We were handed blank maps and told to walk up to the road the restaurant was on and mark off what each business was. To this day I haven’t worked out the purpose of this task but like the good girl I was, I walked up the hill marking off the businesses.

It wasn’t until I was halfway up the hill that I remembered my dream and a tsunami of dizziness and déjà vu hit me. Feeling seriously woozy, I needed to sit down. And what should be right in front of us but a public garden.

Years after the incident I’m still not absolutely sure if I had the dream before or after the real incident happened. I’m fairly sure it was before, but if that’s true that would mean I had a premonition, which I’m not even sure I believe in. Never mind, why of all the things in the world would I have a premonition about walking up a hill? Kinda sucks as glimpsing the future goes, doesn’t it?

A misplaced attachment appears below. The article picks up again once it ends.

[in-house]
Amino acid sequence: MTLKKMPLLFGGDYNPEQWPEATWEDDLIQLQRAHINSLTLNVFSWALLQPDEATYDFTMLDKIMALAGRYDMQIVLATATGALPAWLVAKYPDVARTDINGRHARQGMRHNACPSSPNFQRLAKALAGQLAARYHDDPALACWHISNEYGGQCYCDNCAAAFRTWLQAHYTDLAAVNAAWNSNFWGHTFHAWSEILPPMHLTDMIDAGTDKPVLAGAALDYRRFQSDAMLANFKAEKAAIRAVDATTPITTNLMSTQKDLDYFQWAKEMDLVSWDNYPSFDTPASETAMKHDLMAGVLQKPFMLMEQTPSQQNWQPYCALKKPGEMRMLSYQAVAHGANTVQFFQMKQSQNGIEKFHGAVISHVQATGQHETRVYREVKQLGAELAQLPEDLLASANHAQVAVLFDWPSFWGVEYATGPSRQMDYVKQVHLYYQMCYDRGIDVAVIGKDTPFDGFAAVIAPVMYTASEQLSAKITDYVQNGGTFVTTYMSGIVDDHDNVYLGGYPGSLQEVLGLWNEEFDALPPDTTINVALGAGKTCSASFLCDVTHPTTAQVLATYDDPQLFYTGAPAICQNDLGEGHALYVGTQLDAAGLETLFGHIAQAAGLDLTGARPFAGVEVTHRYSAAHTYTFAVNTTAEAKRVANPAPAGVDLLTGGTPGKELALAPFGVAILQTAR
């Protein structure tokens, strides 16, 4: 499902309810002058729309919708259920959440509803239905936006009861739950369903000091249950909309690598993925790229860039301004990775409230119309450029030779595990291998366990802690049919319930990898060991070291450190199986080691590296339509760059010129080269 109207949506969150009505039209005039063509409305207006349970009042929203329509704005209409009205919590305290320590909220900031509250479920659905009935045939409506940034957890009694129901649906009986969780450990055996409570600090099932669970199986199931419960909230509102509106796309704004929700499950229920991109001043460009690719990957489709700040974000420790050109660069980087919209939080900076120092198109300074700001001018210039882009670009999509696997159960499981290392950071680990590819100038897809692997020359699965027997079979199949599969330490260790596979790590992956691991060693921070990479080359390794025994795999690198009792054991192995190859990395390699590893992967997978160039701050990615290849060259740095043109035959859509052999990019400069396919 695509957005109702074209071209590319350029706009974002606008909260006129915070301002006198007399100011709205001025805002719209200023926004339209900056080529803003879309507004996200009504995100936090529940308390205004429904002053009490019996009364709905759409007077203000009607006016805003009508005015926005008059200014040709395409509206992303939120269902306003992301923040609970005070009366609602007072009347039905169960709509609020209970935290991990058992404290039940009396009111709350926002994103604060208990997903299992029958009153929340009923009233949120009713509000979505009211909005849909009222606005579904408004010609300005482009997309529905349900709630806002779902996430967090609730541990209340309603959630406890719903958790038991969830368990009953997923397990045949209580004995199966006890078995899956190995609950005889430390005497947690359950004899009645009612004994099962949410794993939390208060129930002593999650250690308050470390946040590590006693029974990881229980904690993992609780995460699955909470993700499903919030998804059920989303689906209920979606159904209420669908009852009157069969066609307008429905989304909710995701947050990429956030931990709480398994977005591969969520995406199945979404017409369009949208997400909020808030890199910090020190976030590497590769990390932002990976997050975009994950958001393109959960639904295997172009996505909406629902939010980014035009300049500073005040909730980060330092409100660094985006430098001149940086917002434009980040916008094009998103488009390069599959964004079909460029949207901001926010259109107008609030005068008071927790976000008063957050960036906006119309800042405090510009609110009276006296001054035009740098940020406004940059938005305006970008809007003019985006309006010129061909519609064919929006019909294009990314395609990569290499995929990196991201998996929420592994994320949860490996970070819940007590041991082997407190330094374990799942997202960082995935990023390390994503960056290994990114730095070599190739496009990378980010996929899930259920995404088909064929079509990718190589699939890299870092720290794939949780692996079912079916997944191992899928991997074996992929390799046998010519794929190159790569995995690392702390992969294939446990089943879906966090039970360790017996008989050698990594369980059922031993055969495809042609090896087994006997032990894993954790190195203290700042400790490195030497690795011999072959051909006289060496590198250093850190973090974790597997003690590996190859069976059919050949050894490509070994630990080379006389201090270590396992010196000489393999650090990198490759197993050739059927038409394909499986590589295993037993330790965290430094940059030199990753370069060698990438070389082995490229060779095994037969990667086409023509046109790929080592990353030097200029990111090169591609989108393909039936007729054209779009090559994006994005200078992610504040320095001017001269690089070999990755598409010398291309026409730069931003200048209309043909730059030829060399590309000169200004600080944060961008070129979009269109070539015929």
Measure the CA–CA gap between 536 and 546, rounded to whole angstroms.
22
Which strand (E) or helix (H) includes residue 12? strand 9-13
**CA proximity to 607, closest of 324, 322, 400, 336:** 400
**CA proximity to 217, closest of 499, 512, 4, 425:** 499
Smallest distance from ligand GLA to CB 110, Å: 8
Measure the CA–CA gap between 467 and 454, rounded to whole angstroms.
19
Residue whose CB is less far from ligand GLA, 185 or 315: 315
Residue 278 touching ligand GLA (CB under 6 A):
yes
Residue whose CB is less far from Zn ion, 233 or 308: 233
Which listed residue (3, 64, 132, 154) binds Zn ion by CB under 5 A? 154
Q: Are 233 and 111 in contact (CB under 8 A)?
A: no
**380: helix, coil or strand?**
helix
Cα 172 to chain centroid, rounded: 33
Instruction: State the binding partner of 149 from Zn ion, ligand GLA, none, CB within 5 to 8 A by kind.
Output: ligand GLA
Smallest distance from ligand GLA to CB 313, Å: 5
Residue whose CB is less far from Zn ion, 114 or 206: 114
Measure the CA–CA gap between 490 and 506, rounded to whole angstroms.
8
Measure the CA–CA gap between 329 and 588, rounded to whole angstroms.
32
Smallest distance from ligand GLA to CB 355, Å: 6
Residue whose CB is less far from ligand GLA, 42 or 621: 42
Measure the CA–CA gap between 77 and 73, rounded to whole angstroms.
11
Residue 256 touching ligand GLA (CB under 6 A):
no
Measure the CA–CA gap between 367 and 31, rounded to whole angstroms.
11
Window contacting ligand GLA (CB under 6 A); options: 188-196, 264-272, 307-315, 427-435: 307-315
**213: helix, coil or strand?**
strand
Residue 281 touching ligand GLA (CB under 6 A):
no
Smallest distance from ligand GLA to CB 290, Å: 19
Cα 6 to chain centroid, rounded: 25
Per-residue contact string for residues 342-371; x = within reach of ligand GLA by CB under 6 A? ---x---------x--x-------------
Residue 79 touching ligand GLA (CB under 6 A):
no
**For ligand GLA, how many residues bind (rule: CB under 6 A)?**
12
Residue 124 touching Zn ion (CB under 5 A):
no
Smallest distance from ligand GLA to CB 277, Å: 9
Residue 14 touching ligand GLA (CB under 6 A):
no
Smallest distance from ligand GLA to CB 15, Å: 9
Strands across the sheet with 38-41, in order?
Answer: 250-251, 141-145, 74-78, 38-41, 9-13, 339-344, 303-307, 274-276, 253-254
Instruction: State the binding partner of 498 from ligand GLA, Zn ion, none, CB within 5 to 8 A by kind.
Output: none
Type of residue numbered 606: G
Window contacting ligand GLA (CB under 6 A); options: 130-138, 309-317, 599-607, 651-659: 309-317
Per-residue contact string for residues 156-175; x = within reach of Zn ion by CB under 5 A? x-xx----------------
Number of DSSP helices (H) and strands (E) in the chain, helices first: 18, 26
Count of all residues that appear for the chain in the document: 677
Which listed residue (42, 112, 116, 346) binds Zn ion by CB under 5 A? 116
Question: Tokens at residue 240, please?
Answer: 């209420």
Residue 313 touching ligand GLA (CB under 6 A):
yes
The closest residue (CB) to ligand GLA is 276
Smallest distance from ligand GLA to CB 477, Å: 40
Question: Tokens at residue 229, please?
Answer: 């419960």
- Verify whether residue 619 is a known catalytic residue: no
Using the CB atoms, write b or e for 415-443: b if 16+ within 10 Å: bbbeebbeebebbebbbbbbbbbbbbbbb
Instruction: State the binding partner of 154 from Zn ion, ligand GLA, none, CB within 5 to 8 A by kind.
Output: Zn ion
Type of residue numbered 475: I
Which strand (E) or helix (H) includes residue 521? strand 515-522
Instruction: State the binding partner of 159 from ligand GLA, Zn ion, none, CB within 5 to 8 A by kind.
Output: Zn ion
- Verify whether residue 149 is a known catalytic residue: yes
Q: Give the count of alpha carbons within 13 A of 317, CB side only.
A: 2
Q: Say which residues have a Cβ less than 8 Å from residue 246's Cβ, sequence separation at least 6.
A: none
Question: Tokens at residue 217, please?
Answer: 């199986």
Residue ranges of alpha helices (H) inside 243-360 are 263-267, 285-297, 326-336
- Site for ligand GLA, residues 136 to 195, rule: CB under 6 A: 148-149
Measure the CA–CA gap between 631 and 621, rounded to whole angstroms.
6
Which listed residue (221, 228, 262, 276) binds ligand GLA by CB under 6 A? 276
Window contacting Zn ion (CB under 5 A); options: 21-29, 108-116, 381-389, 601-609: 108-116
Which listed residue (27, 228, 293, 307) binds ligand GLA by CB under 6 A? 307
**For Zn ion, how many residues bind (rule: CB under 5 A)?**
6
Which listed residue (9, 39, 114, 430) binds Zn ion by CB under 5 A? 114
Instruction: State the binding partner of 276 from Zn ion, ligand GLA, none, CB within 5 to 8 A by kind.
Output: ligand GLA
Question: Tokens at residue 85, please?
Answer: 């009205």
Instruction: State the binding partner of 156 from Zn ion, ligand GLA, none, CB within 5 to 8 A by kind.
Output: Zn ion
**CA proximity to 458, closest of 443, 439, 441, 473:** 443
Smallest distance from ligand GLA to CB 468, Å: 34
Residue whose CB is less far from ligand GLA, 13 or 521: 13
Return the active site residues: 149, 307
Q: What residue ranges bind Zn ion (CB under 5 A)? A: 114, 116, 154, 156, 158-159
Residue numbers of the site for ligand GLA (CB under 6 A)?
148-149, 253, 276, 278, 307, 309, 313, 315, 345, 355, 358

The Green Clipboard Dream was a one off. I’m not psychic. I’m not claiming to have ESP in any way, shape or form. I mean, I know when my sister’s going to call because I’m either desperate for the loo or about to eat my lunch/tea, but I think that’s more of a Sod’s Law thing than anything supernatural.

The reason I’m telling you this (at the risk of sounding thoroughly unstable) is to hopefully give you a better idea why I can write a decidedly unparanormal paranormal with a sceptic as a protagonist, but also a very paranormal paranormal with a ghost as the protagonist (I also write an urban fantasy series about vampires, werewolves and the like but I think we’re best leaving that out of this for now).

I’m not quite a believer but I’m not quite a sceptic either. When I see a dark smudge out of the corner of my vision I always think two things. The first is that I need to get my eyes checked and the second is a quote from Hamlet

“There are more things in heaven and earth, Horatio
Than are dreamt of in your philosophy...”

Act 1 scene 5

Jordaina